Would he come?

Closing her eyes, she drew a breath. Wait and see.

Her gaze strayed out the window to the frigate. Perhaps he had written and his last several letters had not reached her; wartime mail was unreliable.

More likely, his heart had changed. A gentleman such as he had his pick of fine ladies.

The Artemis’ sails collapsed as if hope drained out of them, leaving them empty, without purpose. Grinding her teeth, Lily pounded bread dough on the floured board. She refused to run to the dock and throw herself at him like a lovesick waif and put him into the position of having to fulfill his duties as a gentleman, or confess he’d found someone new. Besides, a lady never approached a gentleman; she waited for him to come to her. Not that this was a ballroom. She hadn’t worn a ball gown or dancing slippers in the two years since her world crumbled with her father’s sudden death.

By the time the first loaves of bread came out of the oven, enfolding the inn with a welcoming aroma, two sailors carrying sea bags entered. But neither wore the uniform of an officer.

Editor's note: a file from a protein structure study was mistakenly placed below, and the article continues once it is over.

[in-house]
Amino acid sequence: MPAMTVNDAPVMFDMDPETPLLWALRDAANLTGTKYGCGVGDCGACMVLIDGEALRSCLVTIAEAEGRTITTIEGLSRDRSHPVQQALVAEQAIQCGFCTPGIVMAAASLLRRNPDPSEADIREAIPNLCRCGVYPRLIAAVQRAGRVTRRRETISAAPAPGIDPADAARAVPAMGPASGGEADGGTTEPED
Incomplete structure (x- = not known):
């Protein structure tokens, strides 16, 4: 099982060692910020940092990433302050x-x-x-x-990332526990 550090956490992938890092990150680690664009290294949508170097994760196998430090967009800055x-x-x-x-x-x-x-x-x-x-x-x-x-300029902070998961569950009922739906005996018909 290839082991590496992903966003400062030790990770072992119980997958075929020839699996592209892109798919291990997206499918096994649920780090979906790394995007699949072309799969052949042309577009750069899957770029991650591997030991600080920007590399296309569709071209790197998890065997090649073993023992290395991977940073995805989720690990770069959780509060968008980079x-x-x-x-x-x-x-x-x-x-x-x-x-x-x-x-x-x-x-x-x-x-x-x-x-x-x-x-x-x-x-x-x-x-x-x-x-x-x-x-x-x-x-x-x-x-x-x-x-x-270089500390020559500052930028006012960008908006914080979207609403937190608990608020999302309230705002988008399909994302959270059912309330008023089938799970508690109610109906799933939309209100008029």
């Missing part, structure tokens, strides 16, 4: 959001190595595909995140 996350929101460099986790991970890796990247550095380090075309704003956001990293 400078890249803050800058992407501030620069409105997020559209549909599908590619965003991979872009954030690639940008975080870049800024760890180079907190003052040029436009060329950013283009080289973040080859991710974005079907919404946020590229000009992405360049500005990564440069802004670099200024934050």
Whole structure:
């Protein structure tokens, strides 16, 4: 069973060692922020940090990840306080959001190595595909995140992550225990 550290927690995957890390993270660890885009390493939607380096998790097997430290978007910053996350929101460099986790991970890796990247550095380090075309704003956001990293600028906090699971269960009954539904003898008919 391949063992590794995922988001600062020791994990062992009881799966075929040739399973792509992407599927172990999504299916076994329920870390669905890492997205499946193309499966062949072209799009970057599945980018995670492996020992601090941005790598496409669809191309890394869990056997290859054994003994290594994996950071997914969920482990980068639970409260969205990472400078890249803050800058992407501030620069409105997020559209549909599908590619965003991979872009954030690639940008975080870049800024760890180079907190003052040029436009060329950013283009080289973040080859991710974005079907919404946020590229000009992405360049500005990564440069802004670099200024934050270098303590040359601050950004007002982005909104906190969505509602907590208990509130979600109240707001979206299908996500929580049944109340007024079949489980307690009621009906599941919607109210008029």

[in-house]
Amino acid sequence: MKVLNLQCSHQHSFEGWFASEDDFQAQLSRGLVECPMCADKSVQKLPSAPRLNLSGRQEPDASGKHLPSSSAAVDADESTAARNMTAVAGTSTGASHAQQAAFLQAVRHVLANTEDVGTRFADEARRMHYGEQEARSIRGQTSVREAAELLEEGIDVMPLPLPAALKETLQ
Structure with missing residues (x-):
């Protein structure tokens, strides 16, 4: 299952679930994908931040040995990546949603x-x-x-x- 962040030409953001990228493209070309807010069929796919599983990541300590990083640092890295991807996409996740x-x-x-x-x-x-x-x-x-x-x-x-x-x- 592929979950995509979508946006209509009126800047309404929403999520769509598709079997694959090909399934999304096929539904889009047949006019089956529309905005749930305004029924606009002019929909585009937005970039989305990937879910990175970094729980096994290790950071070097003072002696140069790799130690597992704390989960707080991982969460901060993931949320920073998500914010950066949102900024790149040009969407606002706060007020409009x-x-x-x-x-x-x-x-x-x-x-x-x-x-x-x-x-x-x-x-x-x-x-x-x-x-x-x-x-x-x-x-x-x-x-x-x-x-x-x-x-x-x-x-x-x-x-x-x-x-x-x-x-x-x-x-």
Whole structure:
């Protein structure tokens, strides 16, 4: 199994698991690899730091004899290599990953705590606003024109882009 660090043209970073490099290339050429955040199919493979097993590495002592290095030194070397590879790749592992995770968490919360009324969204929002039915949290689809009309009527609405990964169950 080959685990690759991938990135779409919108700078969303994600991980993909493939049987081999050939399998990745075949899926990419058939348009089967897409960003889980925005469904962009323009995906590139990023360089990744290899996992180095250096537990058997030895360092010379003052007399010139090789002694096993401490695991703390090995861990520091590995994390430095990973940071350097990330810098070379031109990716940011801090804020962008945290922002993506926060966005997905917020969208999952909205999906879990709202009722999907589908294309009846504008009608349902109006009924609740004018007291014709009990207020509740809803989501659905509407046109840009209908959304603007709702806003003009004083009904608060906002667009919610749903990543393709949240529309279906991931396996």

Lily swallowed disappointment.

“Don’t let pride get in your way of happiness,” Aunt Ruthie urged. “Go to him.”

Lily gestured at the dining area. “I can’t leave you now. You already have customers.”

“We’ll manage. People come for my cooking; they’ll wait to be served. Go.”

Go? Did she dare?

She pictured him completing his duties as an officer and disembarking. Would he look for her?

Be relived she wasn’t there with reminders he considered best forgotten?

Or disappointed she hadn’t welcomed him home?

She imagined him on the dock—alone—while around him fellow sailors ran to the arms of their wives or sweethearts. No returning war hero should come home without a welcome. Risking humiliation would be a small price to pay to prevent such tragedy.

Go. Yes!

After practically tearing off her apron, she washed flour from her hands and face, and dashed to the dock. A crowd waited as sailors disembarked, some into open arms. Calls, tears, and laughter filled the air, mingling with cries of gulls and clanging of bells. Grim-faced men strode with the rolling gaits of seamen down the dock alone.